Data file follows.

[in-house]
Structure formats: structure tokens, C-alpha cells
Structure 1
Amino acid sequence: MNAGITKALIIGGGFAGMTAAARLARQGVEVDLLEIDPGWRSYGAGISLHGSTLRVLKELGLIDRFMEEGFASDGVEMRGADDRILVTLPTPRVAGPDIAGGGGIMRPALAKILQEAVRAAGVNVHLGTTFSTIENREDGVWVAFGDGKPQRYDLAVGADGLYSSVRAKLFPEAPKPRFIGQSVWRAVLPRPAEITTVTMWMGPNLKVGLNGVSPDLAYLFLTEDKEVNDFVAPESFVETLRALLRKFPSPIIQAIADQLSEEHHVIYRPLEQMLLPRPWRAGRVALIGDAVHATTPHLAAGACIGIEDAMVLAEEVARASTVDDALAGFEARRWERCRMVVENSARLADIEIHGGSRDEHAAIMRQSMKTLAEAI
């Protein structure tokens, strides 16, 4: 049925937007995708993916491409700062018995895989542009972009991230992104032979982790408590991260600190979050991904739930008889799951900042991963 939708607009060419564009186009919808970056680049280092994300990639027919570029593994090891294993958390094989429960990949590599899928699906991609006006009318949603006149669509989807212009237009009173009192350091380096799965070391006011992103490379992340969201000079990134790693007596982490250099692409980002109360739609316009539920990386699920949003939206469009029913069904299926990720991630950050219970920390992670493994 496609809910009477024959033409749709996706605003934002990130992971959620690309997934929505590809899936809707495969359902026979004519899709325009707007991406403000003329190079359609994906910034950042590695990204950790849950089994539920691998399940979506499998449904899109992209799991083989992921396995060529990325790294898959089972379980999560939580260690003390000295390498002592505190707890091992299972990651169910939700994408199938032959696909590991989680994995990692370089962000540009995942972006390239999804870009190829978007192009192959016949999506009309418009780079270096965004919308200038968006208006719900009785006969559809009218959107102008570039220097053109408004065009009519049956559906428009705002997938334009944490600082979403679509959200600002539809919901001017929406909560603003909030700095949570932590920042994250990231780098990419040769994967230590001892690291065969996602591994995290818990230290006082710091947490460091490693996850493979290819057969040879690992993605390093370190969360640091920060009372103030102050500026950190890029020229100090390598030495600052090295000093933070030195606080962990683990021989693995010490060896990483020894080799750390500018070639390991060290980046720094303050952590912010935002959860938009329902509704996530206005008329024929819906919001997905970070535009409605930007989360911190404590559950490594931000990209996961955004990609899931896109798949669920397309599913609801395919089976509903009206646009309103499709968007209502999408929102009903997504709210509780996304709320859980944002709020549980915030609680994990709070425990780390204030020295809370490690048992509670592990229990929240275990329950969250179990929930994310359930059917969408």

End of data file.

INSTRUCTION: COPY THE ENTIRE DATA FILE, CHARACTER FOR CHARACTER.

[in-house]
Structure formats: structure tokens, C-alpha cells
Structure 1
Amino acid sequence: MNAGITKALIIGGGFAGMTAAARLARQGVEVDLLEIDPGWRSYGAGISLHGSTLRVLKELGLIDRFMEEGFASDGVEMRGADDRILVTLPTPRVAGPDIAGGGGIMRPALAKILQEAVRAAGVNVHLGTTFSTIENREDGVWVAFGDGKPQRYDLAVGADGLYSSVRAKLFPEAPKPRFIGQSVWRAVLPRPAEITTVTMWMGPNLKVGLNGVSPDLAYLFLTEDKEVNDFVAPESFVETLRALLRKFPSPIIQAIADQLSEEHHVIYRPLEQMLLPRPWRAGRVALIGDAVHATTPHLAAGACIGIEDAMVLAEEVARASTVDDALAGFEARRWERCRMVVENSARLADIEIHGGSRDEHAAIMRQSMKTLAEAI
């Protein structure tokens, strides 16, 4: 049925937007995708993916491409700062018995895989542009972009991230992104032979982790408590991260600190979050991904739930008889799951900042991963 939708607009060419564009186009919808970056680049280092994300990639027919570029593994090891294993958390094989429960990949590599899928699906991609006006009318949603006149669509989807212009237009009173009192350091380096799965070391006011992103490379992340969201000079990134790693007596982490250099692409980002109360739609316009539920990386699920949003939206469009029913069904299926990720991630950050219970920390992670493994 496609809910009477024959033409749709996706605003934002990130992971959620690309997934929505590809899936809707495969359902026979004519899709325009707007991406403000003329190079359609994906910034950042590695990204950790849950089994539920691998399940979506499998449904899109992209799991083989992921396995060529990325790294898959089972379980999560939580260690003390000295390498002592505190707890091992299972990651169910939700994408199938032959696909590991989680994995990692370089962000540009995942972006390239999804870009190829978007192009192959016949999506009309418009780079270096965004919308200038968006208006719900009785006969559809009218959107102008570039220097053109408004065009009519049956559906428009705002997938334009944490600082979403679509959200600002539809919901001017929406909560603003909030700095949570932590920042994250990231780098990419040769994967230590001892690291065969996602591994995290818990230290006082710091947490460091490693996850493979290819057969040879690992993605390093370190969360640091920060009372103030102050500026950190890029020229100090390598030495600052090295000093933070030195606080962990683990021989693995010490060896990483020894080799750390500018070639390991060290980046720094303050952590912010935002959860938009329902509704996530206005008329024929819906919001997905970070535009409605930007989360911190404590559950490594931000990209996961955004990609899931896109798949669920397309599913609801395919089976509903009206646009309103499709968007209502999408929102009903997504709210509780996304709320859980944002709020549980915030609680994990709070425990780390204030020295809370490690048992509670592990229990929240275990329950969250179990929930994310359930059917969408």